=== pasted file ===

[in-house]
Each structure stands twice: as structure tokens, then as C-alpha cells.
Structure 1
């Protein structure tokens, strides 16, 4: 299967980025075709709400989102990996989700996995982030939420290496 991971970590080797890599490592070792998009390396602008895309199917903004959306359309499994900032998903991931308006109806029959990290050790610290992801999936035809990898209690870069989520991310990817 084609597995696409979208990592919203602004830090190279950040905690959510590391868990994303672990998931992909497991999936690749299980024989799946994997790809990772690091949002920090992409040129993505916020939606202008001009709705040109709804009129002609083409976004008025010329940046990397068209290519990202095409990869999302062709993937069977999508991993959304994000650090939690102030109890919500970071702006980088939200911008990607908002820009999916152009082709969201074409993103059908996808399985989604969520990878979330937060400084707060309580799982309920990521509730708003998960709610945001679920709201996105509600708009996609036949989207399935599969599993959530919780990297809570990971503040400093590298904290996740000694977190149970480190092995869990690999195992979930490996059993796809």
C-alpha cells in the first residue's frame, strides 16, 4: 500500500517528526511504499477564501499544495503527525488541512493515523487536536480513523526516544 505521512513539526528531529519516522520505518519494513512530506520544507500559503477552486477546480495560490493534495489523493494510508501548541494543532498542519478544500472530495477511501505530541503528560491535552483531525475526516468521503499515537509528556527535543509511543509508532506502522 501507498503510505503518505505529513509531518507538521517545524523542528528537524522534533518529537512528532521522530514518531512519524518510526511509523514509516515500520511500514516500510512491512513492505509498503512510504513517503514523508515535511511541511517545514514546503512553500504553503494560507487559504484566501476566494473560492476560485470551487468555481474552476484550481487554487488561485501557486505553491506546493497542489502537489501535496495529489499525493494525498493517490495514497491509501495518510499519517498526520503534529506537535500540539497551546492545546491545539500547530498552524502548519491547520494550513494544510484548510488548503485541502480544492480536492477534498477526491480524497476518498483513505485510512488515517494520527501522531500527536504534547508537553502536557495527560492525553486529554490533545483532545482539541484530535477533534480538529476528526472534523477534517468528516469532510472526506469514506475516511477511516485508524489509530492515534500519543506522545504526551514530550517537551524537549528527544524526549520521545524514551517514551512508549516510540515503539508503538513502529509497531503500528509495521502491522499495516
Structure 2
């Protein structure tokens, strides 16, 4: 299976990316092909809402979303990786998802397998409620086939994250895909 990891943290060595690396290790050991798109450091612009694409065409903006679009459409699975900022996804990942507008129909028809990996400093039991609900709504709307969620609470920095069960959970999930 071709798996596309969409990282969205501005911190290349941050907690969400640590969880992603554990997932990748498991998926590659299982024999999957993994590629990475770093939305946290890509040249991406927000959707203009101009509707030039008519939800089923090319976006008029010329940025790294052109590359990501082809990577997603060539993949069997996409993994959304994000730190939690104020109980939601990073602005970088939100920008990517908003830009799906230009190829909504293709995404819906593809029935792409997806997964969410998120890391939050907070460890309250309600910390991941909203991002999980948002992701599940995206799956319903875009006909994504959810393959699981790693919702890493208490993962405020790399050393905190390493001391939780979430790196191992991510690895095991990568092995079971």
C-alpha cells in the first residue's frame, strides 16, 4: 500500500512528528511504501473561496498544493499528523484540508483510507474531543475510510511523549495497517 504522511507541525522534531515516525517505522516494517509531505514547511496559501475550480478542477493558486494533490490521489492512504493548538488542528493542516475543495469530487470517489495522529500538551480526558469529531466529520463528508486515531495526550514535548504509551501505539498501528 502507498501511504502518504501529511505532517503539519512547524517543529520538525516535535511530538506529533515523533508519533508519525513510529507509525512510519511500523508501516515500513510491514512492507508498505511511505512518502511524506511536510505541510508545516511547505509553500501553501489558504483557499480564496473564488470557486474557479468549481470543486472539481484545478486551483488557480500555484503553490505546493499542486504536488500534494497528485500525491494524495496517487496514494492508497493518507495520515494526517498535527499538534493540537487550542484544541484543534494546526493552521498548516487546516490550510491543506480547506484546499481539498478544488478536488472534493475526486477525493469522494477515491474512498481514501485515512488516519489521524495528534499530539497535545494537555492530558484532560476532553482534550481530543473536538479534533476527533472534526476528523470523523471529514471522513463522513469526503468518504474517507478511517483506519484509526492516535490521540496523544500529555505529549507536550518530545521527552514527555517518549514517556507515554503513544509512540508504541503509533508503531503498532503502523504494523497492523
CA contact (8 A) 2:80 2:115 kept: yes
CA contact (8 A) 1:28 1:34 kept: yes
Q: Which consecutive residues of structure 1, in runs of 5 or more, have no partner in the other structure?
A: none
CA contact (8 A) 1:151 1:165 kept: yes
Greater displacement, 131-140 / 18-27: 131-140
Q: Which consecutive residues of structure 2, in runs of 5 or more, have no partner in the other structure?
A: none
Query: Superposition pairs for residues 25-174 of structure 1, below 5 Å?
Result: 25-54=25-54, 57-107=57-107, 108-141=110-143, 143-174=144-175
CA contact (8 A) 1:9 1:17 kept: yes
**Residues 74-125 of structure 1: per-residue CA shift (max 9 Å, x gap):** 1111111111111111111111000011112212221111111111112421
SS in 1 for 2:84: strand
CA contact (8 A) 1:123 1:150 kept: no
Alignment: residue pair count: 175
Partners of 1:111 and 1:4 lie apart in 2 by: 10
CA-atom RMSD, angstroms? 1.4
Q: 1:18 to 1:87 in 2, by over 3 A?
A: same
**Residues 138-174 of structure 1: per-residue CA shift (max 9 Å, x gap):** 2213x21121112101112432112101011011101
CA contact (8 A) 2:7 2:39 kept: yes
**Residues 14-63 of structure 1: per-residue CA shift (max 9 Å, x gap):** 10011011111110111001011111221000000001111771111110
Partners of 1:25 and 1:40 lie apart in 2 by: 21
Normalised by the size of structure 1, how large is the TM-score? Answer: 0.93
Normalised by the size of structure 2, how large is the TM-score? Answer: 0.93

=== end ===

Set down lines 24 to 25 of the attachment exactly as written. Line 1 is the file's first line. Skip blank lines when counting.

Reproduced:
Partners of 1:111 and 1:4 lie apart in 2 by: 10
CA-atom RMSD, angstroms? 1.4